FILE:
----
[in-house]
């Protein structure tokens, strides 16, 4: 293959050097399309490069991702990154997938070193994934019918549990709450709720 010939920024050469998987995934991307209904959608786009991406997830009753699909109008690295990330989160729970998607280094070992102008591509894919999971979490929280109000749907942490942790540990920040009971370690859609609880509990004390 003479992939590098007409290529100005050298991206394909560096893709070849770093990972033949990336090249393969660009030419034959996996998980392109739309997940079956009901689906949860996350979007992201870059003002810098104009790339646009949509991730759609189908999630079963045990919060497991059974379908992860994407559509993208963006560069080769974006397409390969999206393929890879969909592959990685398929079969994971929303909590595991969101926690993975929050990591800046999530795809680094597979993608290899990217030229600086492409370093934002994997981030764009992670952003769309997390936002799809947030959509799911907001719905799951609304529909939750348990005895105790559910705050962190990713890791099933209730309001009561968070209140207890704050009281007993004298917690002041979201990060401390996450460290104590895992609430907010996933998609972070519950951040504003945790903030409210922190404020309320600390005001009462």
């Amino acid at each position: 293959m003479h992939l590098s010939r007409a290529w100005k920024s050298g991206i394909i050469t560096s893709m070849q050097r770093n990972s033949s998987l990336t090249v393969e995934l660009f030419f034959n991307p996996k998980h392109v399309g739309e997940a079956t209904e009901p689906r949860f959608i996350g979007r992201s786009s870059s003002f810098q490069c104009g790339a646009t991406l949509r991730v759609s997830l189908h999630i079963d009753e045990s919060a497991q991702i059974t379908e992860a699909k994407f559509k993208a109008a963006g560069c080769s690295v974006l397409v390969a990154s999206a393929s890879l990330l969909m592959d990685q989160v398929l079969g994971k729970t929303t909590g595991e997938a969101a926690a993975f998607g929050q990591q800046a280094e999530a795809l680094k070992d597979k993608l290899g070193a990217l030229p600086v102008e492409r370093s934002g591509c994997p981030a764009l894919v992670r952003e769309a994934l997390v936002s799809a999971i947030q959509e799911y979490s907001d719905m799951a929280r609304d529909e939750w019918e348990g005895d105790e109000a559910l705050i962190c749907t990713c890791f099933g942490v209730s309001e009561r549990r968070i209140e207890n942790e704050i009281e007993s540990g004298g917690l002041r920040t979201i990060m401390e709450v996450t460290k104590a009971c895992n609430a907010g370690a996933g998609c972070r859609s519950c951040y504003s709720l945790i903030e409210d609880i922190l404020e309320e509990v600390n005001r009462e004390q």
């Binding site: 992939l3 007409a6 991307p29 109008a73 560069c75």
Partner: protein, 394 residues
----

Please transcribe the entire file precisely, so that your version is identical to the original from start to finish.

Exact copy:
[in-house]
């Protein structure tokens, strides 16, 4: 293959050097399309490069991702990154997938070193994934019918549990709450709720 010939920024050469998987995934991307209904959608786009991406997830009753699909109008690295990330989160729970998607280094070992102008591509894919999971979490929280109000749907942490942790540990920040009971370690859609609880509990004390 003479992939590098007409290529100005050298991206394909560096893709070849770093990972033949990336090249393969660009030419034959996996998980392109739309997940079956009901689906949860996350979007992201870059003002810098104009790339646009949509991730759609189908999630079963045990919060497991059974379908992860994407559509993208963006560069080769974006397409390969999206393929890879969909592959990685398929079969994971929303909590595991969101926690993975929050990591800046999530795809680094597979993608290899990217030229600086492409370093934002994997981030764009992670952003769309997390936002799809947030959509799911907001719905799951609304529909939750348990005895105790559910705050962190990713890791099933209730309001009561968070209140207890704050009281007993004298917690002041979201990060401390996450460290104590895992609430907010996933998609972070519950951040504003945790903030409210922190404020309320600390005001009462």
């Amino acid at each position: 293959m003479h992939l590098s010939r007409a290529w100005k920024s050298g991206i394909i050469t560096s893709m070849q050097r770093n990972s033949s998987l990336t090249v393969e995934l660009f030419f034959n991307p996996k998980h392109v399309g739309e997940a079956t209904e009901p689906r949860f959608i996350g979007r992201s786009s870059s003002f810098q490069c104009g790339a646009t991406l949509r991730v759609s997830l189908h999630i079963d009753e045990s919060a497991q991702i059974t379908e992860a699909k994407f559509k993208a109008a963006g560069c080769s690295v974006l397409v390969a990154s999206a393929s890879l990330l969909m592959d990685q989160v398929l079969g994971k729970t929303t909590g595991e997938a969101a926690a993975f998607g929050q990591q800046a280094e999530a795809l680094k070992d597979k993608l290899g070193a990217l030229p600086v102008e492409r370093s934002g591509c994997p981030a764009l894919v992670r952003e769309a994934l997390v936002s799809a999971i947030q959509e799911y979490s907001d719905m799951a929280r609304d529909e939750w019918e348990g005895d105790e109000a559910l705050i962190c749907t990713c890791f099933g942490v209730s309001e009561r549990r968070i209140e207890n942790e704050i009281e007993s540990g004298g917690l002041r920040t979201i990060m401390e709450v996450t460290k104590a009971c895992n609430a907010g370690a996933g998609c972070r859609s519950c951040y504003s709720l945790i903030e409210d609880i922190l404020e309320e509990v600390n005001r009462e004390q």
């Binding site: 992939l3 007409a6 991307p29 109008a73 560069c75």
Partner: protein, 394 residues